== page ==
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Southlake, TX, United States

McKenna R.W.,Riordan McKenna Institute | Chandler T.,North Central Texas Orthopedics Sports Medicine
Techniques in Shoulder and Elbow Surgery | Year: 2015

Management of the rotator cuff-deficient shoulder remains challenging particularly for younger patients with higher functional demands. Patients presenting with signs and symptoms of cuff tear arthropathy (CTA) are frequently treated with reverse, total, or hemishoulder arthroplasty. Life expectancy must be taken into consideration when deciding on the treatment path for high-demand patients, particularly in light of significant complication rates and poor revision strategies for reverse shoulder arthroplasty. Subsets of patients presenting with early CTA stage IA (Seebauer Classification, Burkhart type I) are suitable candidates for a less-invasive approach. Intact fulcrum kinematics provide a compensated, deltoid-driven functional improvement when primary and secondary pain generators are addressed. Over the past 7 years, we have followed strict stage-specific selection criteria and treated these patients with a humeroacromial inlay arthroplasty (HemiCAP), which preserves the congruity of the articular surface with minimal bone resection and leaves a clinical exit strategy into total shoulder arthroplasty or hemishoulder arthroplasty if necessary. The procedure allows for a deltoid-splitting approach leaving the subscapularis untouched. This has positive implications for postoperative recovery and prevents possible approach-related complications associated with a subscapularis tenotomy. Patient selection, technical aspects, and adjuvant procedures play an important role and make superior humeral head inlay arthroplasty a safe, effective, and reproducible joint-preserving solution for early-stage compensated CTA. Copyright © 2015 Wolters Kluwer Health, Inc. All rights reserved. Source

Riordan N.H.,MediStem Panama Inc. | Riordan N.H.,Riordan McKenna Institute | George B.A.,Riordan McKenna Institute | Chandler T.B.,Riordan McKenna Institute | McKenna R.W.,Riordan McKenna Institute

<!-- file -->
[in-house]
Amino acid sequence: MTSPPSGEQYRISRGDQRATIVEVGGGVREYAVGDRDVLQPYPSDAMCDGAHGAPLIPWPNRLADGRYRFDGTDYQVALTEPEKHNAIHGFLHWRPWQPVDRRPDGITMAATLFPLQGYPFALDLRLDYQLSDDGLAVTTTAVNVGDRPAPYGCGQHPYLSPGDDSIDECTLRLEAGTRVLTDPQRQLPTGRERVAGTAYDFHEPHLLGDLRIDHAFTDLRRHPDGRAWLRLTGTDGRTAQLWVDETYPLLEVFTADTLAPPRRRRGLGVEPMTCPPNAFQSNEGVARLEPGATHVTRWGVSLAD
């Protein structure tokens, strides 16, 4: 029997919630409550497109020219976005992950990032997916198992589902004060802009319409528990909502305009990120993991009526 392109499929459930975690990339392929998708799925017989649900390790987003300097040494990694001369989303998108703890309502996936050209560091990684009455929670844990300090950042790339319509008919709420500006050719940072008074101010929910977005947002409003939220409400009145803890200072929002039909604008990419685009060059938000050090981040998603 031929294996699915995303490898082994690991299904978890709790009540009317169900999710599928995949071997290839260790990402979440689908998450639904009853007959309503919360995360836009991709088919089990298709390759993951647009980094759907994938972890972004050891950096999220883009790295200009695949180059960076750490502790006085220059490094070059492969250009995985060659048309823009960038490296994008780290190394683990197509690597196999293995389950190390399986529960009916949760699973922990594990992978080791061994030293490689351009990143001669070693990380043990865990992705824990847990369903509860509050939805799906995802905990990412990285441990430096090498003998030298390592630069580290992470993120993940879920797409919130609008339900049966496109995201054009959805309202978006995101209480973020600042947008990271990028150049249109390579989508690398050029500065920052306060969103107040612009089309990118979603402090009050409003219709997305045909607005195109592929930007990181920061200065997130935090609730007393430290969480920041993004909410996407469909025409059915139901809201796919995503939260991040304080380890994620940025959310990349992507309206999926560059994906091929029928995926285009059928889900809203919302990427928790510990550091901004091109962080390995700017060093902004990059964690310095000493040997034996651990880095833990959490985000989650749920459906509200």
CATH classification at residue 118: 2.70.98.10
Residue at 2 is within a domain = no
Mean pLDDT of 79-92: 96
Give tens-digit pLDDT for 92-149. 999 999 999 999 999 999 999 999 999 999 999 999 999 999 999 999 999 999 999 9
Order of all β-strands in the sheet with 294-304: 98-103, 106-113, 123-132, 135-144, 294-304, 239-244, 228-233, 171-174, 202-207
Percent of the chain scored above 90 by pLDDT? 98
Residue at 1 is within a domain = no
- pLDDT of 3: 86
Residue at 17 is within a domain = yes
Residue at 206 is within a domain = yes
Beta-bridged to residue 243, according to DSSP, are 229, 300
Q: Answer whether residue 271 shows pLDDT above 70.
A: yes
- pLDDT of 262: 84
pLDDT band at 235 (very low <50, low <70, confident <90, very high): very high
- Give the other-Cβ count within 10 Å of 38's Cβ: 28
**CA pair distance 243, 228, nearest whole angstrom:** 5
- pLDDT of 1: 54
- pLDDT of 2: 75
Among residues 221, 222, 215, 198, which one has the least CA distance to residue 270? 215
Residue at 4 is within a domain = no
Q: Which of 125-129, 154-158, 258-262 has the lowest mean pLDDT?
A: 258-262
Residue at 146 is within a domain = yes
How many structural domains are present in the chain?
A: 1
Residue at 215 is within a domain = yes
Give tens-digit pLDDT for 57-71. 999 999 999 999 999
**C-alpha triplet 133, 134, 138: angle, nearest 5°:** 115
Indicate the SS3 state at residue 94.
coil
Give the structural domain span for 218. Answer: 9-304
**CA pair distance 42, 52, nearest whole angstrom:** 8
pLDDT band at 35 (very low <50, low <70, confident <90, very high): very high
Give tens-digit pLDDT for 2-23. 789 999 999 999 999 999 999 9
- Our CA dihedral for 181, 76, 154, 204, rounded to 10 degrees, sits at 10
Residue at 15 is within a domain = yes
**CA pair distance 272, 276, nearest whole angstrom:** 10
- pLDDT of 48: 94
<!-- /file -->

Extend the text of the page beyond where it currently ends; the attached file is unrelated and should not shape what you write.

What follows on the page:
Journal of Translational Medicine | Year: 2015

Introduction: Non-healing wounds can pose a medical challenge as in the case of vasculopathic venostasis resulting in a surgical ulcer. When traditional approaches to wound care fail, an amniotic patch (a dehydrated tissue allograft derived from human amnion) can function as a biologic scaffold to facilitate and enhance tissue regeneration and rehabilitation. Background: Amniotic AlphaPatches contain concentrated molecules of PGE2, WNT4, and GDF-11 which have angiogenic, trophic, and anti-inflammatory effects on tissues that may be useful in enhancing wound healing. Aim-case report: We present a case of a severe non-healing surgical wound in a 78-year-old male 17 days post right total knee arthroplasty. The full-thickness wound exhibited a mobile flap, measured 4 cm long × 3 cm wide, and showed undermining down to patellar tissue. We treated the wound conservatively for 6 weeks with no evidence of wound healing. Upon failure of the conservative treatment, two amniotic AlphaPatch (Amniotic Therapies, Dallas, TX, USA) were applied to the wound, and the wound healed completely in 10 weeks. Methods: In the OR, the wound was irrigated with three liters of double antibiotic solution under pulse lavage. Two dry amniotic AlphaPatch (4 cm × 4 cm) were placed over the wound with Acticoat applied on top. Results: At the two-week follow-up visit (following the incision and drainage of the wound dehiscence and application of the amniotic AlphaPatch), a central scab had formed centrally in the wound dehiscence area. At the four-week follow-up visit, the wound dehiscence area had completely scabbed over with no open areas left. At the eight-week follow-up visit, the scab had just fallen off, and the wound was healing well with immature skin representing the size of a penny. At the ten-week follow-up visit, the wound was completely healed. Discussion/conclusion: Sterile, dehydrated amniotic tissue AlphaPatches (containing trophic factors known to enhance wound healing) have proven effective in completely healing an otherwise non-healing wound in a 78-year-old male who failed six weeks of conservative wound care treatment. © 2015 Riordan et al. Source

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